So here we are just a few days away from the close of comments regarding this hideous undertaking. What can YOU do about it?

Write to the DNR and let them know that this is a bad decision. Here are a few of the reasons why:

  • Lack of transparency. The process that the WDNR used to notify the public was flawed. Instead of taking out space in the local newspaper, they sent out a press release which did not guarantee it would be printed (and it wasn' least, initially). They published it on their website, but how was the general public informed to look there?
  • Lack of public involvement. The changes being made to the permit should have involved open discussion with the public and it has not.
  • Lack of in-depth study. To date, no in-depth study has been done regarding the Black Tern in the La Crosse Marsh. The DNR is being nonchalant about the taking of Black Terns in the La Crosse Marsh without adequate research to know specifically what impact the take permit will have on the present and future Black Tern breeding area and overall population.
  • Lack of analysis of the construction process. The DNR seems to only be concerned with the area adjacent to the existing track. The DNR has failed to recognize that bridge construction in the marsh will include pylon driving which will cause major nest disturbance over a much broader area. Hundreds of acres suitable for nesting are at risk due to excessively loud pounding.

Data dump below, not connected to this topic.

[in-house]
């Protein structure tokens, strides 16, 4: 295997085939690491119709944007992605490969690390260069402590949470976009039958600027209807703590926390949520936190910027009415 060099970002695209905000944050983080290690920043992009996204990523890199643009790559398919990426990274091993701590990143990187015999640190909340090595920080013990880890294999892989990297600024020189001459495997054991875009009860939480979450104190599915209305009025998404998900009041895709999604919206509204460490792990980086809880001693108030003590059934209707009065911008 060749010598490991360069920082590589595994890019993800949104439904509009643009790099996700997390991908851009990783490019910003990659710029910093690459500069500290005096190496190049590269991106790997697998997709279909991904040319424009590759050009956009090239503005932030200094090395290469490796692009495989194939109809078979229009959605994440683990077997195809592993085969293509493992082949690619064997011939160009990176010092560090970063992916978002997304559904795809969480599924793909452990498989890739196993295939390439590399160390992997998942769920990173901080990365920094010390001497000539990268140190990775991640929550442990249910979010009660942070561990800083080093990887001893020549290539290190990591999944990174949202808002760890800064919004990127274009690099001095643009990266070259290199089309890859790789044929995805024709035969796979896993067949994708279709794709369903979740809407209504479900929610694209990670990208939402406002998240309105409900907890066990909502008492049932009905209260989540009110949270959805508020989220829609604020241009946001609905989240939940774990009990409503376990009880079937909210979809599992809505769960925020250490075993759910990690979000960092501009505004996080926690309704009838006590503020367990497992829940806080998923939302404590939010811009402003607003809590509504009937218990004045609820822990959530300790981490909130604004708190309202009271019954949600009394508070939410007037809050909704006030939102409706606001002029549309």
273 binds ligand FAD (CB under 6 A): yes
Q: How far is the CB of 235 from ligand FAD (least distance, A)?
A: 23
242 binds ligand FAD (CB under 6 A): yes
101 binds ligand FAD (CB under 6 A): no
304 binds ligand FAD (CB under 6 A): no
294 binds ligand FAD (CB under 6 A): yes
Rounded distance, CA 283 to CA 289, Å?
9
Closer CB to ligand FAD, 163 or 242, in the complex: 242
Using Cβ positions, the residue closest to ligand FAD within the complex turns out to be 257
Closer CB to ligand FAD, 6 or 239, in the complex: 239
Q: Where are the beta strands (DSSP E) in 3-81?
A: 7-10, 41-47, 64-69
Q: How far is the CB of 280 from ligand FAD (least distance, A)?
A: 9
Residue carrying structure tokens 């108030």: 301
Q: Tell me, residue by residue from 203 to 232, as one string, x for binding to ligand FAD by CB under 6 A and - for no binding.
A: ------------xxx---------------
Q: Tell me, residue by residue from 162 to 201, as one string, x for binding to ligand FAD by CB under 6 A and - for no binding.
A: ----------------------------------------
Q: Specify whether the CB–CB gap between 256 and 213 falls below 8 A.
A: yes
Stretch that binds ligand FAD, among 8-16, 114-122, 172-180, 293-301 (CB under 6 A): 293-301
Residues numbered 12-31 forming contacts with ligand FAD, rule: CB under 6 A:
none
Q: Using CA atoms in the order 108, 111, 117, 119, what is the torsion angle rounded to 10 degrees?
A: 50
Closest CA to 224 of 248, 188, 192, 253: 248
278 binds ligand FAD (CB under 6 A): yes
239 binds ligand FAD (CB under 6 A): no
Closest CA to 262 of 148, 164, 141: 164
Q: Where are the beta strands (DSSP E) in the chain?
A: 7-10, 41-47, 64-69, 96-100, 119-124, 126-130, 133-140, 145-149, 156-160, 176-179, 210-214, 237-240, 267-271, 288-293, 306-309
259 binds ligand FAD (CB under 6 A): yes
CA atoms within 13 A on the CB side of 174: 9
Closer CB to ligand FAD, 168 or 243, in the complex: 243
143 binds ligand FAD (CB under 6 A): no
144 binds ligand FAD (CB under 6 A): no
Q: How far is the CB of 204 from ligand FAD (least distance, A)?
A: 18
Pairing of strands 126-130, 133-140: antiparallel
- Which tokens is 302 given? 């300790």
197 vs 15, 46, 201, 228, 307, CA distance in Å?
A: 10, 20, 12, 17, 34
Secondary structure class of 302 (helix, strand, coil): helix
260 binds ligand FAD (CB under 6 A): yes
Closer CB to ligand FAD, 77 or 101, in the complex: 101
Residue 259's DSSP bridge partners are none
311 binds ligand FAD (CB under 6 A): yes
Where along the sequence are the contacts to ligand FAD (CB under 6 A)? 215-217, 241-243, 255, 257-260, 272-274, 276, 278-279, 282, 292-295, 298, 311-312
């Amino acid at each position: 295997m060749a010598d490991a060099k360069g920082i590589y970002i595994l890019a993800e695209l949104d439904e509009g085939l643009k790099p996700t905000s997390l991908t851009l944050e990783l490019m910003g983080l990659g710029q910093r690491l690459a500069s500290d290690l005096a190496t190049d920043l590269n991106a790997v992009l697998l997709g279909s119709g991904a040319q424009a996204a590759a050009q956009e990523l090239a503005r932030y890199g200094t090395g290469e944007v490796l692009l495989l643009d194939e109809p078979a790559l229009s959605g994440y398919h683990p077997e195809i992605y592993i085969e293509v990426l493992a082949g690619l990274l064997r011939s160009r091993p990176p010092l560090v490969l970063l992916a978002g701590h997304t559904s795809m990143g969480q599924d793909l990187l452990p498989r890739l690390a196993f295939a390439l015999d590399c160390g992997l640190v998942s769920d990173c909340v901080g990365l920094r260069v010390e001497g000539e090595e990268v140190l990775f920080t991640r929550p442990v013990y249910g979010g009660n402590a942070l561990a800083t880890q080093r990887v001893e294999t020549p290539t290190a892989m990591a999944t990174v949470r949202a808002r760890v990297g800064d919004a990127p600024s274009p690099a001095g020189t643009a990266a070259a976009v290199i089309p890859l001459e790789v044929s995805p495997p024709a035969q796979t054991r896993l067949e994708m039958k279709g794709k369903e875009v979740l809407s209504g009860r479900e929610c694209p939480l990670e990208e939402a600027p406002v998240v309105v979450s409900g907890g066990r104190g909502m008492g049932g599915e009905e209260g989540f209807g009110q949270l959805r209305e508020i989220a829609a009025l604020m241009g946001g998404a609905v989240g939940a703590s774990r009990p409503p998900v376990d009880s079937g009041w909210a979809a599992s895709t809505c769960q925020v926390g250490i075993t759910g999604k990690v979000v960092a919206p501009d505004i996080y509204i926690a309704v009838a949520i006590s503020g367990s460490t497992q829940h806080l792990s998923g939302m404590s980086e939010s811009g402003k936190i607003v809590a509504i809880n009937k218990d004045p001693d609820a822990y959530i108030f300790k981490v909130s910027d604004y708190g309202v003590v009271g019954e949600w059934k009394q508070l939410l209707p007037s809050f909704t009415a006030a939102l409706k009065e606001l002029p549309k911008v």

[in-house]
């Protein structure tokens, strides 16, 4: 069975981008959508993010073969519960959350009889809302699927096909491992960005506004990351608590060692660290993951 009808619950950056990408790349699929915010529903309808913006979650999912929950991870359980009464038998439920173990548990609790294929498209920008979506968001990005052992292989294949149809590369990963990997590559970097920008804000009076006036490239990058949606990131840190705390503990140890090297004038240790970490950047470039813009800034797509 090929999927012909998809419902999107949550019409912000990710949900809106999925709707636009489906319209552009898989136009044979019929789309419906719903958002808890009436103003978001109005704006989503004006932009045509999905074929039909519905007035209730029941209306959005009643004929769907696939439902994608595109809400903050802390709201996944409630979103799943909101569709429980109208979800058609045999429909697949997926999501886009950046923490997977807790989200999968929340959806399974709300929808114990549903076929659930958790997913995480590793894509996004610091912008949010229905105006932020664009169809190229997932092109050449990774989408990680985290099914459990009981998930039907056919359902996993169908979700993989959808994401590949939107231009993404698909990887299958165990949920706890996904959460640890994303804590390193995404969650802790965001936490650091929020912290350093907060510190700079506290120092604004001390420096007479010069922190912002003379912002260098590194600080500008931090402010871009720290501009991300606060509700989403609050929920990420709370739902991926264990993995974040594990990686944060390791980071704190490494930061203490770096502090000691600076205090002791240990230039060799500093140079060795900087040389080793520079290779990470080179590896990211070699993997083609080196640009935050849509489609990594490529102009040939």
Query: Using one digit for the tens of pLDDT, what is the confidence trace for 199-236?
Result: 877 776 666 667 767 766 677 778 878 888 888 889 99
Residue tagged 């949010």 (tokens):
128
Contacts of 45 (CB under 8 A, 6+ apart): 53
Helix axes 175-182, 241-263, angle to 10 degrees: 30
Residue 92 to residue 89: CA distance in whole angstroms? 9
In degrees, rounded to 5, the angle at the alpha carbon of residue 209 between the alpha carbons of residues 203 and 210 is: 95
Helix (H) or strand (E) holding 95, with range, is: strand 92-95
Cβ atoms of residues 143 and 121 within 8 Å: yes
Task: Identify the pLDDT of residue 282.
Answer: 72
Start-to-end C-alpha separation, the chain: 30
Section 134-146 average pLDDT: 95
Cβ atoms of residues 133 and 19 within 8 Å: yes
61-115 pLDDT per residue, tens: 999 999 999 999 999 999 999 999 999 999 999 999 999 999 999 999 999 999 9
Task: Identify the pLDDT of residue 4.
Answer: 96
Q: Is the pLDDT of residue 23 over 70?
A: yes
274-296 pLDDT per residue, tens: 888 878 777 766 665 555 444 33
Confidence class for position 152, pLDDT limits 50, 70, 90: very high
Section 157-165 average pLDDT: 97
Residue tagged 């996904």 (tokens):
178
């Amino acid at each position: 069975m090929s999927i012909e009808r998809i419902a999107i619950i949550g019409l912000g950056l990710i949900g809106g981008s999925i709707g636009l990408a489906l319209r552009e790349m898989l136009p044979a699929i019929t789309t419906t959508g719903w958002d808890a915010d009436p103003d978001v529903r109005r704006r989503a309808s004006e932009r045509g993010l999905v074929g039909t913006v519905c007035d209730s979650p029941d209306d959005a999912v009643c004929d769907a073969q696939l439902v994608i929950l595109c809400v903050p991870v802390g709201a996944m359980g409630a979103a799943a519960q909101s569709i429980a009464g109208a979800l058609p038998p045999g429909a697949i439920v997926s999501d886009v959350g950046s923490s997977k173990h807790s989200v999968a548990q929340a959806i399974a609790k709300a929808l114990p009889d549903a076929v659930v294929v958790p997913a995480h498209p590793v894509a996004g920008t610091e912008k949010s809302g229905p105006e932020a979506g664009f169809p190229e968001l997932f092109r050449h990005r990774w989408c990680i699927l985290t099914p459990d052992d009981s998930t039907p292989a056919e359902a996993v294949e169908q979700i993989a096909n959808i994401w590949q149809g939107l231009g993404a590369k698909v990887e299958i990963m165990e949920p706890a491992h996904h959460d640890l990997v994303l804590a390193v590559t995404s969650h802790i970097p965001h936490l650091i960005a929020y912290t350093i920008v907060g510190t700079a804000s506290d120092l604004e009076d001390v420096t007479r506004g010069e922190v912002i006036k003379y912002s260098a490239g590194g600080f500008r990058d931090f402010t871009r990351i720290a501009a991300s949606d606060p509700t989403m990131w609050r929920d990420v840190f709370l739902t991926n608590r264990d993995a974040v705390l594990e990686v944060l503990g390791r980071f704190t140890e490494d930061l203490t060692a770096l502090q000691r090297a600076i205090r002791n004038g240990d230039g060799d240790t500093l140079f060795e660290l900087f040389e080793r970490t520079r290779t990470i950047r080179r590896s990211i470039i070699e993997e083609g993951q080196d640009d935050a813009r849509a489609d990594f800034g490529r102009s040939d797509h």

• 75 Days. Really? By allowing the Black Terns to have a normal nesting season will only mean that BNSF will be unable to construct their second track in the marsh for 75 days. Is it really all that much to ask for to protect a species on the Endangered Species List? It is obvious BNSF does not care about the public nor the environment. It's all about the bottom line.

You can view the particulars of this take permit by clicking here.

I encourage everyone to immediately contact Rori Paloski or Lisie Kitchel of the DNR.  Demand the DNR deny BNSF a permit for an "incidental taking" and refrain from construction in the Marsh until July 31st when the nesting season for the Black Tern ends.  

Email Contacts:
Rori Paloski: or 608-264-6040
Lisie Kitchel: or 608-266-5248

Department of Natural Resources
Bureau of Natural Heritage Conservation
ER Review Program
PO Box 7921
Madison WI 53707-7921

In conclusion, one must wonder if the DNR would grant this take permit to a smaller entity such as a land owner. It shouldn't matter, but you have to believe that the clout of BNSF has played a role in this fiasco as BNSF contributes to Wisconsin's political elite.

Wisconsin's DNR and BNSF Railroad should both be held accountable for this atrocity. Don't let them off the hook. Write a letter to them before May 16th and if you live in Wisconsin, be sure to write your legislators too. Enough is enough!

Shame on BNSF. Shame on Wisconsin's DNR.

—Alan Stankevitz

black tern chick
Black Tern Chick


Web design © 2007-2015, Alan Stankevitz
All photographs © 2002-2015, Alan Stankevitz